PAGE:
Connecticut could save $3.5M yearly if inmates got Pell Grants
Arthur Rizer, a former prosecutor and police officer who works for R Street Institute, a center-right think tank, said he isn’t surprised First Step garnered bipartisan support and believes a reversal of the ban on Pell Grants for prisoners would, too.
Higher education in prison makes correctional officers safer, he said. It improves the labor pool for businesses by giving the formerly incarcerated the skills they need. And it promotes family, not only because parents who leave prison are more likely to stay home, but also because research shows their children are more likely to pursue higher education themselves.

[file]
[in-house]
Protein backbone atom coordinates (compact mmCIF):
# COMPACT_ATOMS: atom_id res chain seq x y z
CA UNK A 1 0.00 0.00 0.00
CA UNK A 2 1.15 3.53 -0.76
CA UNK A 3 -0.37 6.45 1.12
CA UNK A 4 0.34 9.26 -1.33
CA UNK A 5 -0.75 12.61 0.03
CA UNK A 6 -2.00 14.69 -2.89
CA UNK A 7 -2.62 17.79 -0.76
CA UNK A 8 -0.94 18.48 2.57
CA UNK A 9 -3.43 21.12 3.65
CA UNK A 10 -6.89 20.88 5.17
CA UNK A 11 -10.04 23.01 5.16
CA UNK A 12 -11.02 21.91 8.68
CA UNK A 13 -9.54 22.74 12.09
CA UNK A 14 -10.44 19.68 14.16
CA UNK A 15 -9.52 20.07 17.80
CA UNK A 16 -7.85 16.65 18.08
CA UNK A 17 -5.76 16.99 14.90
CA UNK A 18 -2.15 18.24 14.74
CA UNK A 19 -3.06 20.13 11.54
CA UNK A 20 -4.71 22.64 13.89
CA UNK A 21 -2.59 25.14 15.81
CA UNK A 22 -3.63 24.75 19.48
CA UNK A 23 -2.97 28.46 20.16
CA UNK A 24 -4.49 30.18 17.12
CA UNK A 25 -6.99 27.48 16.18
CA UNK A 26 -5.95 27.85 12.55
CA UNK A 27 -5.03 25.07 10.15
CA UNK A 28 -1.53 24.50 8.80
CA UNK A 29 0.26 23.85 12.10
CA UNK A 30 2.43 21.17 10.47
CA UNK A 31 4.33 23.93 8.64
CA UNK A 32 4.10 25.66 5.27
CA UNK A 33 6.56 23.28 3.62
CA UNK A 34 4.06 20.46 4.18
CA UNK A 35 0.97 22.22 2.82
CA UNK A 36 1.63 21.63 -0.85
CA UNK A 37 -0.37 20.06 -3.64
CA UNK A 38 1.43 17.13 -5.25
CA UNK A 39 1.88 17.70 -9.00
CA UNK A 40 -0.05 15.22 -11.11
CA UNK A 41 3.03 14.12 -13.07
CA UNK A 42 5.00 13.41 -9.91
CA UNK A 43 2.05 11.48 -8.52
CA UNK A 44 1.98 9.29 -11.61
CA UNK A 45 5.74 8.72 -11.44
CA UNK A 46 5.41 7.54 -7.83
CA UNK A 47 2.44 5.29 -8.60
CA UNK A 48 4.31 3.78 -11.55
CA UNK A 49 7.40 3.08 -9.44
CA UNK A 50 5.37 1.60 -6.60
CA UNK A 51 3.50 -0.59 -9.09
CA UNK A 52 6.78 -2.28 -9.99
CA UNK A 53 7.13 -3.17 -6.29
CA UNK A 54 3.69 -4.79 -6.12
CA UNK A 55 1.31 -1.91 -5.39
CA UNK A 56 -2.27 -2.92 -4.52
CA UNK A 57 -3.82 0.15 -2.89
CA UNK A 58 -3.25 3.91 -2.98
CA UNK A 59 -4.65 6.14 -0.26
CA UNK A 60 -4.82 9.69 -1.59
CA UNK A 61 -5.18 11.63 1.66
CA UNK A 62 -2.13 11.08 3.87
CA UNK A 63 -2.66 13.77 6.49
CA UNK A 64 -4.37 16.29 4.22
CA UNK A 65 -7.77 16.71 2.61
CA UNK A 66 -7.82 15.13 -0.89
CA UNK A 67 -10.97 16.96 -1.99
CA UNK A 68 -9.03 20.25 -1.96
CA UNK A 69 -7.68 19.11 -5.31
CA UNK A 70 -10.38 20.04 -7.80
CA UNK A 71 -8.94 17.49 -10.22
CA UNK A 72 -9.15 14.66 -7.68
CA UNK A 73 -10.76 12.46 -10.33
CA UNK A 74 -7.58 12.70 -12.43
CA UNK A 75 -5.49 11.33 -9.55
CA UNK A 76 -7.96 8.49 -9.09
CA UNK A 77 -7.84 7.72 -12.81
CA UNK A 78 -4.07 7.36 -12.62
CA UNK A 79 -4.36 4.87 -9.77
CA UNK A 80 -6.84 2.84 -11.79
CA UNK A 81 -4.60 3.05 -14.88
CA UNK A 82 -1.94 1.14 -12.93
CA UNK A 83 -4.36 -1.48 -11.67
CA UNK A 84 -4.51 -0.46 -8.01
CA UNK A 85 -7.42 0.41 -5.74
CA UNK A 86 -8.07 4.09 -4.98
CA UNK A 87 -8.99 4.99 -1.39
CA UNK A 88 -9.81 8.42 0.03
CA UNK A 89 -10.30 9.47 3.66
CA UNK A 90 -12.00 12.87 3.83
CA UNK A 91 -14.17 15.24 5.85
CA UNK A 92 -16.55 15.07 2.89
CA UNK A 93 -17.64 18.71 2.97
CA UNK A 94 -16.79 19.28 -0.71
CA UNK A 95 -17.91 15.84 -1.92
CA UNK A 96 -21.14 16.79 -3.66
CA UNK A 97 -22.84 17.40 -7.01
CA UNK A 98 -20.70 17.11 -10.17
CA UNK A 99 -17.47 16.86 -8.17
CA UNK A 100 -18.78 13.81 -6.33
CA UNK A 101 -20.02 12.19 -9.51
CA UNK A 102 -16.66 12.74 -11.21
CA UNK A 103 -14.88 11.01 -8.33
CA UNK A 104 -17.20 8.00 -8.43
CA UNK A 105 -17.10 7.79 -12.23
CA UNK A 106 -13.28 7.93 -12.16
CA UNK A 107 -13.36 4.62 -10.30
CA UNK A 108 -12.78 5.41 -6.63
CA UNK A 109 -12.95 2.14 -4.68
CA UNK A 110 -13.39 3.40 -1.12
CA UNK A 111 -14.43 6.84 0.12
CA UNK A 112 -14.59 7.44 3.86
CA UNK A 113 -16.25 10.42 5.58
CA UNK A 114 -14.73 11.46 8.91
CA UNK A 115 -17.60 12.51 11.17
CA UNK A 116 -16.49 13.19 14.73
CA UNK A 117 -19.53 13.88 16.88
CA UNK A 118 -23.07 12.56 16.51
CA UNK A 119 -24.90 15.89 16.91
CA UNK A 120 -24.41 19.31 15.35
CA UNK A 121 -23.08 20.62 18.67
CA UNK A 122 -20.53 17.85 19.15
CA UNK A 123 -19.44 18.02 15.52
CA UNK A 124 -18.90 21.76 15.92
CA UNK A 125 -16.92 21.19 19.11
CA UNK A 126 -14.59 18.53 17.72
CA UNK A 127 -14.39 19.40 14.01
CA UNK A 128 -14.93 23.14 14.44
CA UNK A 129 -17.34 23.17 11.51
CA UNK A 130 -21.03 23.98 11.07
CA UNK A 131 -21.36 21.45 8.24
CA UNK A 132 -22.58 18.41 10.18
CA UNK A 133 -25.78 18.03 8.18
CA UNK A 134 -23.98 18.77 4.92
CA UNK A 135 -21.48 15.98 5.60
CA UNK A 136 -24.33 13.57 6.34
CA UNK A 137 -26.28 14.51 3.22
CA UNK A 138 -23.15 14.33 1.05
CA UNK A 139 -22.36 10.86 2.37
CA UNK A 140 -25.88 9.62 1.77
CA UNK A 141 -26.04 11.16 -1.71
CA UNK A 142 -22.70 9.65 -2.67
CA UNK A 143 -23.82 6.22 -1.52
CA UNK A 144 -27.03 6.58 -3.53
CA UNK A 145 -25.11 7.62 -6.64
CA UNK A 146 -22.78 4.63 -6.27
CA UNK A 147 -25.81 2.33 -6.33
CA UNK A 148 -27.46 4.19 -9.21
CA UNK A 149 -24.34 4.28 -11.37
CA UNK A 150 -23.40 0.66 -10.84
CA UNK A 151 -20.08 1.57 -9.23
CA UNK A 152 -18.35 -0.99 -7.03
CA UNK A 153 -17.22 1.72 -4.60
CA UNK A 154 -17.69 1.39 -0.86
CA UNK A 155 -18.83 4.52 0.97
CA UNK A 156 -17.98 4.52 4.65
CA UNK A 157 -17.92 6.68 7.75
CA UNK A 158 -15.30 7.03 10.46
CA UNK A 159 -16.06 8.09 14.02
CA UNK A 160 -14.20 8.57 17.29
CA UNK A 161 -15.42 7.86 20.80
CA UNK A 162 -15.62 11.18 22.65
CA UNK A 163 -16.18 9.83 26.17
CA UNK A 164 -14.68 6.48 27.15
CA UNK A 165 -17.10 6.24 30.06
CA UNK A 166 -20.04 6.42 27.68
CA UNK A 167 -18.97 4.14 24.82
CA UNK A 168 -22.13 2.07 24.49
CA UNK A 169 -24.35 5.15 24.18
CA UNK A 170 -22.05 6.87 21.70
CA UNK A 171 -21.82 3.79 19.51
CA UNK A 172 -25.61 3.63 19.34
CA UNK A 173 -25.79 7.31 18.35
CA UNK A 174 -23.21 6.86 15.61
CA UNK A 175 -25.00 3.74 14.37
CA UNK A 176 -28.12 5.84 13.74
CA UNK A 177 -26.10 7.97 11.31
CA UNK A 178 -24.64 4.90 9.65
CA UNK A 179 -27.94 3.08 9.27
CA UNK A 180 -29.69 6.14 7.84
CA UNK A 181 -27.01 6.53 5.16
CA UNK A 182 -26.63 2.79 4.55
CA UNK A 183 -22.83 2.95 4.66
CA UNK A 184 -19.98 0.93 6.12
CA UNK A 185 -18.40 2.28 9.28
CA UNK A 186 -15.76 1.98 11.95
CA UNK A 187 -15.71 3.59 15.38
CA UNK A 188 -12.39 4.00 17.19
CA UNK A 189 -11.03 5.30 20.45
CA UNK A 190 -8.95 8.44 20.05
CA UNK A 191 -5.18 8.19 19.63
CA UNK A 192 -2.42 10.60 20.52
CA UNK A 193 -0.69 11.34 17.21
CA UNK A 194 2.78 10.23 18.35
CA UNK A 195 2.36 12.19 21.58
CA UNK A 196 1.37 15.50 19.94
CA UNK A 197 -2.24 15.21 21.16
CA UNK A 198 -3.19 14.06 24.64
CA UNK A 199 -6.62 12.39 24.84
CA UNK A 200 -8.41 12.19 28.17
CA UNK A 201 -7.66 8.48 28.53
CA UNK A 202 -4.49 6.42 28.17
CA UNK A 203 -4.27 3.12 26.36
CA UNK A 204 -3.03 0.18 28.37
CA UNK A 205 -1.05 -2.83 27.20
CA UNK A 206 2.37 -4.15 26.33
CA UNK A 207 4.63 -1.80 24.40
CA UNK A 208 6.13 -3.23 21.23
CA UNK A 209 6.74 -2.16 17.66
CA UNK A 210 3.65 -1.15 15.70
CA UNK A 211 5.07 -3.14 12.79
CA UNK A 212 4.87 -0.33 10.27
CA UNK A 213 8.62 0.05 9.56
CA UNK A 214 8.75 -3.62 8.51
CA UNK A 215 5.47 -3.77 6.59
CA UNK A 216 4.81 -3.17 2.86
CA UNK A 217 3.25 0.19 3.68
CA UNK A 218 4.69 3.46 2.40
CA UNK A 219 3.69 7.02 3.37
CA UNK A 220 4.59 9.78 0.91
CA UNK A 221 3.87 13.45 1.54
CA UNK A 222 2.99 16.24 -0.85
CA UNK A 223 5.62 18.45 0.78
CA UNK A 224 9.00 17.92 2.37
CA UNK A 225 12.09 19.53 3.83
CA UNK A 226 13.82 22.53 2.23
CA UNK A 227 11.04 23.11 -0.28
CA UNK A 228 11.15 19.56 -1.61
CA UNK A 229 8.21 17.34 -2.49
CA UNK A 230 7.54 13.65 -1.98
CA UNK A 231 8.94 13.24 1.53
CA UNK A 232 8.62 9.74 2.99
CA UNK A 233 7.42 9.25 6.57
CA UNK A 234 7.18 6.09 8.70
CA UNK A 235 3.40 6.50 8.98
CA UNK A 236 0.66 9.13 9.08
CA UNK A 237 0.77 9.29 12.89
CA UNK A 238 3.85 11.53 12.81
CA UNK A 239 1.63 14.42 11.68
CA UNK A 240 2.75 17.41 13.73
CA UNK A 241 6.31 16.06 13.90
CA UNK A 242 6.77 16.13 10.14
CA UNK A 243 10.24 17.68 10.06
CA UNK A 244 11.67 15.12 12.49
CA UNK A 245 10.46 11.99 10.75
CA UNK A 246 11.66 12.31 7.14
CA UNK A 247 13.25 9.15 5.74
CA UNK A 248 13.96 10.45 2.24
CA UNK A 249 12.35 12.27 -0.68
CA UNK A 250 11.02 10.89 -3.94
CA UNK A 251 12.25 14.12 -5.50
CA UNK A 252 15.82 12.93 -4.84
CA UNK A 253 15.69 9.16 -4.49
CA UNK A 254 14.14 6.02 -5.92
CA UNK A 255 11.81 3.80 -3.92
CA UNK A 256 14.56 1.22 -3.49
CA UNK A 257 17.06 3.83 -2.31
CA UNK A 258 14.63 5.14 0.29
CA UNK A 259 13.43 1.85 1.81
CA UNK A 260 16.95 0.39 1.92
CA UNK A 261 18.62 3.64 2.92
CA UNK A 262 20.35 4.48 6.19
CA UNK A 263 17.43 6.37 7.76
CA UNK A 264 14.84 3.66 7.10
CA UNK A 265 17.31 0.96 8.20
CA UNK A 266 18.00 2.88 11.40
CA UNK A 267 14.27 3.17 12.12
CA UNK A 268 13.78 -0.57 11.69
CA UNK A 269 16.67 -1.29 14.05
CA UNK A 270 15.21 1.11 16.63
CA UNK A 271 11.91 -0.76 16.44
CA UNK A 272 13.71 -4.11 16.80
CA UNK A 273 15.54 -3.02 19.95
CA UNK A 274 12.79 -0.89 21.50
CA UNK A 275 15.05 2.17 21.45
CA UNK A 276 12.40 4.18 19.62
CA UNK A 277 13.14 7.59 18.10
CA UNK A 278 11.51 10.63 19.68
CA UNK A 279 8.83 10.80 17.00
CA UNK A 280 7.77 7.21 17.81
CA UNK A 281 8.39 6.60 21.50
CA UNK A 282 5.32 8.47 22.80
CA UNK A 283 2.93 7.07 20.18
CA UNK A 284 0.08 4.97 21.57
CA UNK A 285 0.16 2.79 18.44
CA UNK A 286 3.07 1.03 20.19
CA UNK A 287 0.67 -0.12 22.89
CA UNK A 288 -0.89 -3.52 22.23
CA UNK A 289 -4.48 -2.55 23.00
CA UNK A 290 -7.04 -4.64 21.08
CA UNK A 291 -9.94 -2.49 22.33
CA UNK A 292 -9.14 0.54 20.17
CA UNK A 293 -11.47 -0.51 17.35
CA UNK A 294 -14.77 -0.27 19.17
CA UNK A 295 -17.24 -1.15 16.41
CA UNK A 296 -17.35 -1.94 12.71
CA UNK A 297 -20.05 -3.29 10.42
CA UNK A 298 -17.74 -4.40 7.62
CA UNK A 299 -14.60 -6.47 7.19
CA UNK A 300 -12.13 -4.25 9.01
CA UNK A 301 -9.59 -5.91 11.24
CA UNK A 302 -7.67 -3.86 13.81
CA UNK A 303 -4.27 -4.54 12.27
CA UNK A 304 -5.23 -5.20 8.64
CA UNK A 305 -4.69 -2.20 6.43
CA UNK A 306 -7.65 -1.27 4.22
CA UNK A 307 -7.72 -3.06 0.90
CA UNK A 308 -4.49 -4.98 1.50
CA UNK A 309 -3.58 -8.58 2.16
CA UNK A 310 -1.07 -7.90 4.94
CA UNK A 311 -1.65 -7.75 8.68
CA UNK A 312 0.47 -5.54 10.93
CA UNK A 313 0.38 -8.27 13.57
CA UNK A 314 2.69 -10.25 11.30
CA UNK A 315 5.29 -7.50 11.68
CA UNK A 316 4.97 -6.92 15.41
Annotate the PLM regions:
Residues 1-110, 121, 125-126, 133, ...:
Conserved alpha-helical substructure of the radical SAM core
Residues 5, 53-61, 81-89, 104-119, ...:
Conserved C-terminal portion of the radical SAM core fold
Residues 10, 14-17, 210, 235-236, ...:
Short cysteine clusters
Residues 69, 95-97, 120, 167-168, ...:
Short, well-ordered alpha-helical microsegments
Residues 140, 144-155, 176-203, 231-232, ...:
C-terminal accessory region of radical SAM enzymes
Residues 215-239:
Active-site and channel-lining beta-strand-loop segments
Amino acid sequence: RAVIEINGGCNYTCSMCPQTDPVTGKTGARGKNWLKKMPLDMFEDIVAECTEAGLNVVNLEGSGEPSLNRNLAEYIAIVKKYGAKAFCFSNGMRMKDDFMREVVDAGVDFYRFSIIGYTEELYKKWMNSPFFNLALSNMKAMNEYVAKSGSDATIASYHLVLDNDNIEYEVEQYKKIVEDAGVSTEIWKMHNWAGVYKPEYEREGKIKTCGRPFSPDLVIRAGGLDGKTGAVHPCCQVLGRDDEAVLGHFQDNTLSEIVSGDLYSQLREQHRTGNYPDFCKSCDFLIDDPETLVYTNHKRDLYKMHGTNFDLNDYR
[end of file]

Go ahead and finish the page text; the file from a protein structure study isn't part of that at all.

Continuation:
“As a proud conservative, I hate paying taxes, especially when they’re wasted,” Rizer said. “We can disagree on military spending … but when we know educating is 10 times cheaper than housing, it’s an undisputed waste of tax (money,)” to choose the latter.